Gene Matters


When Linus Pauling, the legendary chemist and two-time Nobel laureate, discovered that a specific heritable protein variation in a single component of haemoglobin protein complex resulted in sickle cell anaemia, it initiated a new era in biomedical sciences. Years later, the gene responsible for the haemoglobin variant was discovered — including an entire series of discrete molecular events leading to the symptoms of the disease. Thereafter, the fast-expanding ‘behold-the-gene’ bandwagon has moved on, providing explicit elucidation of how and why particular people fall ill. Not only that. It has augmented new horizons and demystified a natural phenomenon without lax ends.

As geneticist, Gary Zweiger, puts it, “Biology is being reborn as information science, a progeny of the Information Age.” His raison d’être? Molecules convey information. It is their ‘epistles’ that are of fundamental importance. It may, therefore, be logically construed that each molecule interacts with a set of molecules — and, each set communicates with another set, such that all are interconnected. He adds, “Networks of molecules give rise to cells; networks of cells produce multicellular organisms; networks of people bring about cultures and societies; and, networks of species encompass ecosystems. Life is a web and the web is life.” Genomics, as Zweiger also explains, goes beyond the conventional one-to-one gene trait approach. It ‘transduces’ biological data into digital information which may be analysed, scientifically synthesised, ‘manipulated’ and combined to reveal the exactitude of millions of life’s molecules.

This also brings to light the work of genome pioneers, like John Craig Venter and Randy Scott, not to speak of the several genii of yore who first made it all possible. Of a scientific probability transformed into scientific eventuality — aside from the continuing wonders for the frontier with its anarchical extension that also exemplifies its [r]evolution. We could, in today’s context, anticipate what effect this glut of new innovation could have on us — when medicine and medical research are poised to exponentially swell. We’d, as a result, see more diagnostic tests for single-gene genetic diseases; more gene variants linked to complex genetic diseases; more clinically valuable gene products and new targets for drug development, including the greater use of gene expression microarray analyses in drug discovery research and disease diagnoses. As one researcher puts it, “I’m not sure about the ultimate source code, but I’m certain about two irrepressible messages. One tells us to live long and healthy lives and the other beseeches us to know and express ourselves.” This brings home a definitive vision — by ‘transducing’ the genome we are sure going to acquire greater responsibilities and, in the process, become the stewards of our own progress and vice versa.

This leads us to that million-dollar question: is aging a disease? David Sinclair, a professor of genetics, at Harvard Medical School, and researcher in aging and longevity, thinks so. In his new, bestselling book, Lifespan: Why We Age — and Why We Don’t Have To, he unravels the latest research on longevity and anti-aging therapies. He outlines that aging is a disease, but it is treatable within our lifetime. He adds that the most significant reason for aging is a loss of information. The most imperative shortfall occurs in the epigenome — the expression of the genetic code that ‘guides’ newly divided cells what they ought to be. Sinclair uses a classy metaphor — he says that aging is like the build-up of scratches on a compact disc. The information can no longer be read correctly. Each time there is, likewise, a far-reaching modification to the epigenome, following DNA damage, a cell’s uniqueness is altered. This forfeiture of epigenetic information, as Sinclair suggests, is why we age.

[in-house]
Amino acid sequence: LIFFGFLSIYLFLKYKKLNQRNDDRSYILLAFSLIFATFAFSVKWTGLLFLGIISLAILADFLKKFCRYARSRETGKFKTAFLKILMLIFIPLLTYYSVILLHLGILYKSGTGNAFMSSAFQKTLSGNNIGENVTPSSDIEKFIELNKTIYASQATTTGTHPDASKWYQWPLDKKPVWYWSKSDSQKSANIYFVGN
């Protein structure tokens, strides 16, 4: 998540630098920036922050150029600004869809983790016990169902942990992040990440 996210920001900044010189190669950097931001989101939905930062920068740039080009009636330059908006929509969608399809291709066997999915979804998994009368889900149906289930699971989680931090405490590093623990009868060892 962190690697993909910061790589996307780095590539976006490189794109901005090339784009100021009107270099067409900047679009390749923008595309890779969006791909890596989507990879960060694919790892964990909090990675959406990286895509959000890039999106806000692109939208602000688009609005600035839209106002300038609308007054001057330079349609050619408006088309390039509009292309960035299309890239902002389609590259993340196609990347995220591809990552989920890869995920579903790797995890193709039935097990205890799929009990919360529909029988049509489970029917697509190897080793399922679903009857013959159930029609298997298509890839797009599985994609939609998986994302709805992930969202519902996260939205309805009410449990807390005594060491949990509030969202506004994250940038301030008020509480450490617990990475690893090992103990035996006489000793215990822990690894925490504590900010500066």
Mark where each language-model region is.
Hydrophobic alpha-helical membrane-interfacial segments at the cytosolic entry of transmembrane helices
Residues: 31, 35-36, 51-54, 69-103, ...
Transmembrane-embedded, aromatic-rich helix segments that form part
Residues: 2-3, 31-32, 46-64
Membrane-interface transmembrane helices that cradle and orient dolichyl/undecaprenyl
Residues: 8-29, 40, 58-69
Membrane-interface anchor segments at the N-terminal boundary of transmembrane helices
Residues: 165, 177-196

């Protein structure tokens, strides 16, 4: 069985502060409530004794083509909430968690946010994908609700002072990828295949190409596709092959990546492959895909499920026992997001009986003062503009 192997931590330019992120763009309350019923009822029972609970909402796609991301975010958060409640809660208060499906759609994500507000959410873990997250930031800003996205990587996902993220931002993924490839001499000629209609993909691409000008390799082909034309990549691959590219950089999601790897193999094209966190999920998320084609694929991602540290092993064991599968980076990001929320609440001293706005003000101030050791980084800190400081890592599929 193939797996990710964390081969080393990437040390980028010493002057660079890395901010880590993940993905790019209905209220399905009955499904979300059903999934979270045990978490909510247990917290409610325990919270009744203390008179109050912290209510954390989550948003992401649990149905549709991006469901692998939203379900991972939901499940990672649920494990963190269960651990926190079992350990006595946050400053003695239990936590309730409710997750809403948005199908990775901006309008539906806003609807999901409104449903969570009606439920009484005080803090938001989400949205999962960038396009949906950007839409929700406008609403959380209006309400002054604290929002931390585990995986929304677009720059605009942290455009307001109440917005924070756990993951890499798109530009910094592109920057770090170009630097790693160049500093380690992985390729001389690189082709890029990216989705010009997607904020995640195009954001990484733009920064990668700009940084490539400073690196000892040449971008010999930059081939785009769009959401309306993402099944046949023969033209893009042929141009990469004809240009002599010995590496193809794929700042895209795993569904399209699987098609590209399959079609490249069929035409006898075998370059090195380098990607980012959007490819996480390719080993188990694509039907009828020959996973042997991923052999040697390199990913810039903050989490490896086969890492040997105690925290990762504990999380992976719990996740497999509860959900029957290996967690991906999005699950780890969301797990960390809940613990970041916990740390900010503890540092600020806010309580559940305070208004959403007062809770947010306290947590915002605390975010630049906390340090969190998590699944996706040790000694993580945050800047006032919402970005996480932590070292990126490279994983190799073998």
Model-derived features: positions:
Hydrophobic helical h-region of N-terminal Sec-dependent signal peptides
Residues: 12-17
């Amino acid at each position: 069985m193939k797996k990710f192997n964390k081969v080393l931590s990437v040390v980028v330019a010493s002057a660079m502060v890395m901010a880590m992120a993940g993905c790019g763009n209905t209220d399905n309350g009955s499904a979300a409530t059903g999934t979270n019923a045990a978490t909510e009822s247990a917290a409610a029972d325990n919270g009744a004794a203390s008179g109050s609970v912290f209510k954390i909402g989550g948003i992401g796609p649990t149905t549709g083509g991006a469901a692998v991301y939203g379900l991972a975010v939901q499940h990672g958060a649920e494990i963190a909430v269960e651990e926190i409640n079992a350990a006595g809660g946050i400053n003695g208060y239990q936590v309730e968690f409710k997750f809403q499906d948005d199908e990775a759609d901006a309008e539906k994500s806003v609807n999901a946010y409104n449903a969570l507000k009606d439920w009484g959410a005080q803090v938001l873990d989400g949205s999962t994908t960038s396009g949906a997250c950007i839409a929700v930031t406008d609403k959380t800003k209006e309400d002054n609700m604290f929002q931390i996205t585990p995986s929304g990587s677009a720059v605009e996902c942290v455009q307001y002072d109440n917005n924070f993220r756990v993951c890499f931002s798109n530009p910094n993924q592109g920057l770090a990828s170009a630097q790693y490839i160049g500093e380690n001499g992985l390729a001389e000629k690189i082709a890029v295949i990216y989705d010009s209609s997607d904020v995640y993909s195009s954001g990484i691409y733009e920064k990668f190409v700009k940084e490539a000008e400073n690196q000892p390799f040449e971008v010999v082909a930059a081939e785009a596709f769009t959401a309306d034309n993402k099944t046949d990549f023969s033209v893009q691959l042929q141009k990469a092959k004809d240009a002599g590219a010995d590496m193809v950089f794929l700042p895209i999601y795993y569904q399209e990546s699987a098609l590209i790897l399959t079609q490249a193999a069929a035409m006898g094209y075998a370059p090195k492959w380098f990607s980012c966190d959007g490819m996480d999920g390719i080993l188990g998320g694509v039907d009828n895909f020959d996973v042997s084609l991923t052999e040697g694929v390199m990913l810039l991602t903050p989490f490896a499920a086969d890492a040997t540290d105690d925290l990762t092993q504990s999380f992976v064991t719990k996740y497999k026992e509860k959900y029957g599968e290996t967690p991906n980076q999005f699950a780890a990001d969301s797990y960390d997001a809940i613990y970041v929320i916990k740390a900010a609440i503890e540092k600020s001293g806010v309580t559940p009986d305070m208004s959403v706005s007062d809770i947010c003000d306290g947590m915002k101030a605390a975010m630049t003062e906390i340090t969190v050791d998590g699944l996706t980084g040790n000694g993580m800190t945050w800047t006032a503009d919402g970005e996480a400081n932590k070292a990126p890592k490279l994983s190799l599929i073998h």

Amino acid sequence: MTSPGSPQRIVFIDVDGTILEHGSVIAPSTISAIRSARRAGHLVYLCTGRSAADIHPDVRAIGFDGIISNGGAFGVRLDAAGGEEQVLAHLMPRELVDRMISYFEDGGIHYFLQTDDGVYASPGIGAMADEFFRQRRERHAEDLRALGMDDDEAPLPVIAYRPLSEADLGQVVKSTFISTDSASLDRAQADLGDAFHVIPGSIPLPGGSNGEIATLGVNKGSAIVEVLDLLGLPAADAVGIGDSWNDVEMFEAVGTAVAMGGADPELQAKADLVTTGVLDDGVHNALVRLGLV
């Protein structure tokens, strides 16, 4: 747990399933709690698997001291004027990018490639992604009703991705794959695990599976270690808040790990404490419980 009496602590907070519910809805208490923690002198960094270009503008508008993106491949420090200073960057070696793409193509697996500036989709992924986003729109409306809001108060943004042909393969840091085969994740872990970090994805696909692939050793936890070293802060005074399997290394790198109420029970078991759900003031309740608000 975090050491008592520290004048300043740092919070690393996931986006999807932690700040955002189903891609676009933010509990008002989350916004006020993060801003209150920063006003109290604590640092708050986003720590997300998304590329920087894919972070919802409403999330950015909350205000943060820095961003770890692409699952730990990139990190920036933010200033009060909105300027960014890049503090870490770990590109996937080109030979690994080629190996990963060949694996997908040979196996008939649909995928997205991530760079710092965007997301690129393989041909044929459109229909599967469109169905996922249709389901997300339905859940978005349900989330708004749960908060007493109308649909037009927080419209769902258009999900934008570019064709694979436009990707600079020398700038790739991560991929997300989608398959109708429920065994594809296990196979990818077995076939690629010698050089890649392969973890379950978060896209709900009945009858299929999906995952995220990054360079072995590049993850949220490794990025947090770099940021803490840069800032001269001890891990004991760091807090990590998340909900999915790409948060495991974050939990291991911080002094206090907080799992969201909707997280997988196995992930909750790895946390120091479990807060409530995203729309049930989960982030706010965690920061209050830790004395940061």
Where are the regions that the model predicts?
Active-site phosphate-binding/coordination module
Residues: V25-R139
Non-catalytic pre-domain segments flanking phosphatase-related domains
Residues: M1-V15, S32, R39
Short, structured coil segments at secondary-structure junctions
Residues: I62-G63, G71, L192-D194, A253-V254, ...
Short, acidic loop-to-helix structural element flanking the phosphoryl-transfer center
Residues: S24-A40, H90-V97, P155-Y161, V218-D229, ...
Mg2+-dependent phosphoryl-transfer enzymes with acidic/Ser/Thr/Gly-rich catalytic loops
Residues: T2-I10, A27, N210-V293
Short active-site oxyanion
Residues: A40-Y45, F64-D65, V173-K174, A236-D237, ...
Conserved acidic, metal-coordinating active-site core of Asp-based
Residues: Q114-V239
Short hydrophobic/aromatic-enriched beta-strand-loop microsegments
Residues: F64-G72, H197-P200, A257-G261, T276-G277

Research has discovered ‘longevity-centric’ genes — sirtuins, rapamycin [mTOR], and AMPK — that have the ability to prolong lifespan in various organisms. Besides, there are good old natural modes to galvanising longevity genes, viz., high intensity exercise, intermittent fasting, low-protein diets and exposure to hot and cold temperatures. Such stressors, or hormesis, ‘turn on’ the genes that prompt us to survive a little longer. Studies are progressing on molecules that stimulate longevity genes — rapamycin, metformin, resveratrol — among others. Resveratrol, found in grapes, is evidenced to activate sirtuins and expand lifespan in mice by 20 per cent. Sinclair believes such advances will allow us live longer with less disease. His forecast: we could live to be 150 with average life expectancy increasing from 80 to 110, or higher, in the near future.

However this may be — on the other side of the spectrum, as critics admonish — we have got to blame ourselves for having placed gene mechanics in a Kafkaesque paradox. They are right. More importantly, not giving the irony its due has cost us dearly: a host of disease syndromes and a range of calculable, or psychological, disadvantages, including disturbances in the immune system and its functioning. Interestingly, ground-breaking research in the field of gene medicine has currently, also fortunately, corroborated one of nature’s wisest connotations. That wholesome health holds a ‘hands-on’ prescription for longevity — a ‘signpost’ that is much more influential than diet, exercise, or heredity. For our gene-obsessed society, this is a wake-up call for good, vibrant, also optimal living — a realisation that explores the vital connection that exists between health, happiness, wellness and a quality nap.

— First published in The Himalayan Times, Nepal